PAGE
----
During the Greek War of Independence in the early 19th century, Stavronikita, as well as the whole of Mount Athos, experienced harsh times. The monastery faced a harsh economic situation due to extraordinary debt that helped fund the war, while its monks were scattered after the Ottomans invaded Athos. Therefore, the monastery, along with some other athonite monasteries, was deserted and so were many of its holdings in Wallachia, Moldavia and elsewhere. This situation lasted for about a decade, after which the Ottomans left Athos and any monks that had survived started returning to the monastery.
However, the monastery's prosperity was again endangered by three great fires in 1864, 1874 and 1879 that caused great damage. The monastery was rebuilt but the monks became largely indebted again which led to further decline. This situation was partly reversed by the efforts of the abbot Theophilos, a monk formerly from Vatopedi. The election of Abbot Vassilios and the reversion of the monastery to the coenobitic style greatly influenced the revival of monastic life at Stavronikita which thus obtained a new lease of life.
Stavronikita is the smallest of all athonite monasteries. Important sights of the monastery are its characteristics, the tower at the entrance, its aqueduct, as well as its centuries old cypress outside the western corner of the complex.
The catholicon of the monastery is dedicated to Saint Nicholas and is the smallest catholicon among its other athonite counterparts. It was built during the 16th century above a church that existed before and was dedicated to Theotokos. The catholicon is decorated with frescoes and an iconostasis by the famous icon-painter Theophanes of Crete and his son Symeon. The monastery's refectory is located on the upper floor at the southern side of the complex and bears some important iconographies.
During the second half of the 20th century the monastery had been largely abandoned and was slowly dilapidating. In addition, the rock on which the monastery was built had been severely damaged by a series of earthquakes. The rock was found to be slowly crumbling and sliding towards the sea which led to concerns about the future of the monastery's structural stability.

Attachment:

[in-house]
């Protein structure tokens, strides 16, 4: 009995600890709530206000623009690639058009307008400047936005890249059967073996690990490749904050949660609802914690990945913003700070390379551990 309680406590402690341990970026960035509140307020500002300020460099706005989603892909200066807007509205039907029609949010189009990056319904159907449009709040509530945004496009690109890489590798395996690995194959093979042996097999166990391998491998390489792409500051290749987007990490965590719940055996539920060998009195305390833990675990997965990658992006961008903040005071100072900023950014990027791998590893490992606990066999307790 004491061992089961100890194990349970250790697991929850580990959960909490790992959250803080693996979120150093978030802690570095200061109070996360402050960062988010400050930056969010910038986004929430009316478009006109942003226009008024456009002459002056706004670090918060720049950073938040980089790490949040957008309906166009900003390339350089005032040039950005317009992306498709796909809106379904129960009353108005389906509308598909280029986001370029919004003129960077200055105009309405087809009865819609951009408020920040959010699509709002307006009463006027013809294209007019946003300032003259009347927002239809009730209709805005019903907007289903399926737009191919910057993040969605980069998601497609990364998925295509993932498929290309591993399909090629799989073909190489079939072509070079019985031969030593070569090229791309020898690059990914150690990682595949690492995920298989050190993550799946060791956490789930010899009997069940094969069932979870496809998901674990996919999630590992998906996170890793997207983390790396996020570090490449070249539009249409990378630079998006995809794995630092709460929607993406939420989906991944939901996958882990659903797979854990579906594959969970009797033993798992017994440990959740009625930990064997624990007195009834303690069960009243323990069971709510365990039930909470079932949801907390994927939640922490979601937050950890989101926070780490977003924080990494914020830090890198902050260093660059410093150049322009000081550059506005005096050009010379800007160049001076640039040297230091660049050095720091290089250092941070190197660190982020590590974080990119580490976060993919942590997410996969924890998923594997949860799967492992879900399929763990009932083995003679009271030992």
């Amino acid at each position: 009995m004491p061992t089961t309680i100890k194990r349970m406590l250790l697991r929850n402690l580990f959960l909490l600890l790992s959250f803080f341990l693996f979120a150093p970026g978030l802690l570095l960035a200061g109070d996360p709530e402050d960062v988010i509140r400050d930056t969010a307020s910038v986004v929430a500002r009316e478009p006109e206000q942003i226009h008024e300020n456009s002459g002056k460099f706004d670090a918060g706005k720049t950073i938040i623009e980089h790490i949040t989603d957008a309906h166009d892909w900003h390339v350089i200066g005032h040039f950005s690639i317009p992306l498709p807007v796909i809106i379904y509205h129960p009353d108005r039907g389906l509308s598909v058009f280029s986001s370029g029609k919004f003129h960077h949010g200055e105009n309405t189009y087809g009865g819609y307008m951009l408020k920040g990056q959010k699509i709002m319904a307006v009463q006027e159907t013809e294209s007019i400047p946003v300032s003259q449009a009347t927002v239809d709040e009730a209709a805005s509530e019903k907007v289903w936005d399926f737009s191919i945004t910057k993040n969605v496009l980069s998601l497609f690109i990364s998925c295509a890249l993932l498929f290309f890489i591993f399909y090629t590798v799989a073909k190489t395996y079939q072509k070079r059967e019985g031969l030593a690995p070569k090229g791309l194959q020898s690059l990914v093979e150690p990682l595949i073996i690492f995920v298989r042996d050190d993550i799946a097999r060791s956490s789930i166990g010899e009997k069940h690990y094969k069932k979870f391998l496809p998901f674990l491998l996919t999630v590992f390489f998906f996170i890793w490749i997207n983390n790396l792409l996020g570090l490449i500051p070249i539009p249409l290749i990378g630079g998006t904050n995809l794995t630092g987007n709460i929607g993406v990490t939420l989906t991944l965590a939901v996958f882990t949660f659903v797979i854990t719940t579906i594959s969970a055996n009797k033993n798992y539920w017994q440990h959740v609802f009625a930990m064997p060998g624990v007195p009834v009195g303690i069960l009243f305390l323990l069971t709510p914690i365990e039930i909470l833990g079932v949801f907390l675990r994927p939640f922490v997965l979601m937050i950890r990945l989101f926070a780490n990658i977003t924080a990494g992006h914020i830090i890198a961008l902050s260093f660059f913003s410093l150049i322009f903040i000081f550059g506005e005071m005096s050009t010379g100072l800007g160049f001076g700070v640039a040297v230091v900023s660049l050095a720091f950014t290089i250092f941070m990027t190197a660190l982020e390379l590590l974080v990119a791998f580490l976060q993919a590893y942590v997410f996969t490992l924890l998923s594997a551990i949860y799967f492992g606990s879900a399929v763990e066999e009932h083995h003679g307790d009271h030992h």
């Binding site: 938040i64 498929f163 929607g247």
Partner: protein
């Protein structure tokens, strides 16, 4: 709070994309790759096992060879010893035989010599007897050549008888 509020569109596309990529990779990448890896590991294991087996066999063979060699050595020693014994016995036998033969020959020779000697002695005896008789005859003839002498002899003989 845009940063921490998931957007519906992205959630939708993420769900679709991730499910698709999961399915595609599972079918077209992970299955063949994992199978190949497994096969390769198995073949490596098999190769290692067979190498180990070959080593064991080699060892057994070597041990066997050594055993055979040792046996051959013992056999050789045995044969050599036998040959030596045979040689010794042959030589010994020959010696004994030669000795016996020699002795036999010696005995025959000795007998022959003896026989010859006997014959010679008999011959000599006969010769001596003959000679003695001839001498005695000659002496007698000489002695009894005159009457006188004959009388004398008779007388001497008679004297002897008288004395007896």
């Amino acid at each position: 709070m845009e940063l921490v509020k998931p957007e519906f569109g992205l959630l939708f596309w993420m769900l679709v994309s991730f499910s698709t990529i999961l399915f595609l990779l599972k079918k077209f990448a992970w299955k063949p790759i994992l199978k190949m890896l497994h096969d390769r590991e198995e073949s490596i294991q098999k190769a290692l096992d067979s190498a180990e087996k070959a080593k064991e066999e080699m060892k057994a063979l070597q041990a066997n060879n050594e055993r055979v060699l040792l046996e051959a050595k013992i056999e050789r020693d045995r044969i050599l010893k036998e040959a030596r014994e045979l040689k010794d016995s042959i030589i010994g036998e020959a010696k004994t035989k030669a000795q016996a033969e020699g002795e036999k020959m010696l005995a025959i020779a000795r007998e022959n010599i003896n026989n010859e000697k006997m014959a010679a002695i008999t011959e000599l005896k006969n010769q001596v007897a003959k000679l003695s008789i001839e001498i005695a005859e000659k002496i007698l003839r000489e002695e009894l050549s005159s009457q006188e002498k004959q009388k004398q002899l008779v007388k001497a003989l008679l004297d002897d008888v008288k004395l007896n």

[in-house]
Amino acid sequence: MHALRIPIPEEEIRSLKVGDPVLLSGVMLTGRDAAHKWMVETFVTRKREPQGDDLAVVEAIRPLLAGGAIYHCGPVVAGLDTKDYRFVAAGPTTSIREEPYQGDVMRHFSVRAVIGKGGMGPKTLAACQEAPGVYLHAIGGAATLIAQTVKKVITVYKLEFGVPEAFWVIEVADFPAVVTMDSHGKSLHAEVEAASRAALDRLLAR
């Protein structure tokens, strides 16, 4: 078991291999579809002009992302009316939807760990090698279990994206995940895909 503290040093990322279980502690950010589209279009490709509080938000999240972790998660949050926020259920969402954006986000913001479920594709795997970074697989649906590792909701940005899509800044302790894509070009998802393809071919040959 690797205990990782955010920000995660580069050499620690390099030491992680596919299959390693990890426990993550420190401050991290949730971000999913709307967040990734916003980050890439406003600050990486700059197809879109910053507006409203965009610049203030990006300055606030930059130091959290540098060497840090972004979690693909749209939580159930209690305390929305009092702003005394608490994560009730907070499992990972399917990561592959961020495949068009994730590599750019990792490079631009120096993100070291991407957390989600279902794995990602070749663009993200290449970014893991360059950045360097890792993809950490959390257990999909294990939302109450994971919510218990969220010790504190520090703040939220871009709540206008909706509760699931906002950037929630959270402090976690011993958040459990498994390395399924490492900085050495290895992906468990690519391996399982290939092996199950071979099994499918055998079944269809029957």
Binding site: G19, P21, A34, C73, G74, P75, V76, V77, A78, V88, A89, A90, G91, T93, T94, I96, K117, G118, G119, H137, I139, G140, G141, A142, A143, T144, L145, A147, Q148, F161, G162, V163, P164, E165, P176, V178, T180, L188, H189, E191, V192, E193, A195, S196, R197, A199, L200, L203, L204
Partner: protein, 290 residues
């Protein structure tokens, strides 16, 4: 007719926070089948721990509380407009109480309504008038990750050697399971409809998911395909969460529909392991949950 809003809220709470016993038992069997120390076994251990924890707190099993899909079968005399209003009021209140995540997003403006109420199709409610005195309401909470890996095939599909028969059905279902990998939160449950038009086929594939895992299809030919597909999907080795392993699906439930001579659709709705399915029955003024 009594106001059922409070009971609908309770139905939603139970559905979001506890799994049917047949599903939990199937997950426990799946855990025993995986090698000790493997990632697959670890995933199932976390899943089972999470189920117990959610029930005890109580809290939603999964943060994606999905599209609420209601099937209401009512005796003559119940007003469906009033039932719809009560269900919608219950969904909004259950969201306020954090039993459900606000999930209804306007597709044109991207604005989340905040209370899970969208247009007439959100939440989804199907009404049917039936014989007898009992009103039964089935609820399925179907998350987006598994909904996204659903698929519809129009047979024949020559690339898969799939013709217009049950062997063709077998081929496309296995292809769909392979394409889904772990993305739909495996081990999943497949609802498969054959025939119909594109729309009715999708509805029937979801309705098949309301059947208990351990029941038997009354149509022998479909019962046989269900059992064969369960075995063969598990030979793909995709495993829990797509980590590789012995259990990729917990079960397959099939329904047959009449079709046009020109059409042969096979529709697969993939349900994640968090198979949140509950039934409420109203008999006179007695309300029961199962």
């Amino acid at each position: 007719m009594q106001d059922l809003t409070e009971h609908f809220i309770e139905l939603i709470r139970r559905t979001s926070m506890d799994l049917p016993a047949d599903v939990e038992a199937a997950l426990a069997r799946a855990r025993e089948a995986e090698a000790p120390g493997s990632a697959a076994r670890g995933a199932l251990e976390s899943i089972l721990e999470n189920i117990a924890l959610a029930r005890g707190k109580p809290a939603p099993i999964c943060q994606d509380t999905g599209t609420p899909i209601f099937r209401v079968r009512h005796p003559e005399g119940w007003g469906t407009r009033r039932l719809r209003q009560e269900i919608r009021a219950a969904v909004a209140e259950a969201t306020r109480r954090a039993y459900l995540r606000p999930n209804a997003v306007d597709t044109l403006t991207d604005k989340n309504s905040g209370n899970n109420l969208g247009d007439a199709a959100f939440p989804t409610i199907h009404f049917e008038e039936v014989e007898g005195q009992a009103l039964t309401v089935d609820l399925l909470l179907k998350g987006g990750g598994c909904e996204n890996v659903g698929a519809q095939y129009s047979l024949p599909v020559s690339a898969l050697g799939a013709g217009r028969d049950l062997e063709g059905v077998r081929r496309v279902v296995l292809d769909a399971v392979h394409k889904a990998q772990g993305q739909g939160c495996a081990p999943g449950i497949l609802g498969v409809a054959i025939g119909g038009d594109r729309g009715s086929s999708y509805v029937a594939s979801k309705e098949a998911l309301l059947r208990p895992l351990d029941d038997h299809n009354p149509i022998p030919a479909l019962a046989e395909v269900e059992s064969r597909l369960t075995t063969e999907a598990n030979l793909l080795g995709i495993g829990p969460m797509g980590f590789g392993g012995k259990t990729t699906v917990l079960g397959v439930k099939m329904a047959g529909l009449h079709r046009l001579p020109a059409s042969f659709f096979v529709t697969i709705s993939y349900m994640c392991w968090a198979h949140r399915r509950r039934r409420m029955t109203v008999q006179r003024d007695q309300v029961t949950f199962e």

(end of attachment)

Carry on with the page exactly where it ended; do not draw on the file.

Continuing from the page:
The Center for the Preservation of Athonite Heritage (Greek: Κέντρο Διαφύλαξης Αγιορείτικης Κληρονομιάς, abbreviated Κε.Δ.Α.Κ.), a state organization under the jurisdiction of the Ministry for Macedonia–Thrace, undertook the task of renovating and restoring the monastery. Extensive renovating work took place from 1981 to 1999 and by applying a complex engineering method the underlying rock was stabilized.
The monastery keeps a widely known 14th century icon of Saint Nicholas, known as "Streidas" (Greek: Άγιος Νικόλαος ο Στρειδάς, "Saint Nicholas of the Oyster") because when it was accidentally discovered at the bottom of the sea, an oyster had stuck at the forehead of St. Nicholas. According to the athonite tradition, when the monks of Stavronikita removed the oyster, the saint's forehead bled.
Stavronikita has a collection of notable icons and holy relics. The monastery also has in its possession priestly garments, ritual objects and other valuables. The monastery also has a collection of 171 manuscripts, out of which 58 are written on parchment. Some of the manuscripts bear notable iconography and decoration.
- Kadas, Sotiris. The Holy Mountain (in Greek). Athens: Ekdotike Athenon. p. 113. ISBN 960-213-199-3.
- A. E. Bakalopulos (1973). History of Macedonia, 1354-1833. [By] A.E. Vacalopoulos. p. 166.
At the end of the 15th century, the Russian pilgrim Isaiah relates that the monks support themselves with various kinds of work including the cultivation of their vineyards....He also tells us that nearly half the monasteries are Slav or Albanian. As Serbian he instances Docheiariou, Grigoriou, Ayiou Pavlou, a monastery near Ayiou Pavlou and dedicated to St. John the Theologian (he no doubt means the monastery of Ayiou Dionysiou), and Chilandariou. Panteleïmon is Russian, Simonopetra is Bulgarian, and Karakallou and Philotheou are Albanian. Zographou, Kastamonitou (see fig. 58), Xeropotamou, Koutloumousiou, Xenophontos, Iveron and Protaton he mentions without any designation; while Lavra, Vatopedi (see fig. 59), Pantokratoros, and Stavronikita (which had been recently founded by the patriarch Jeremiah I) he names specifically as being Greek (see map 6).
- Center for the Preservation of Athonite Heritage Archived 2007-09-29 at the Wayback Machine page about Stavronikita, with photos of the stabilization of the rock.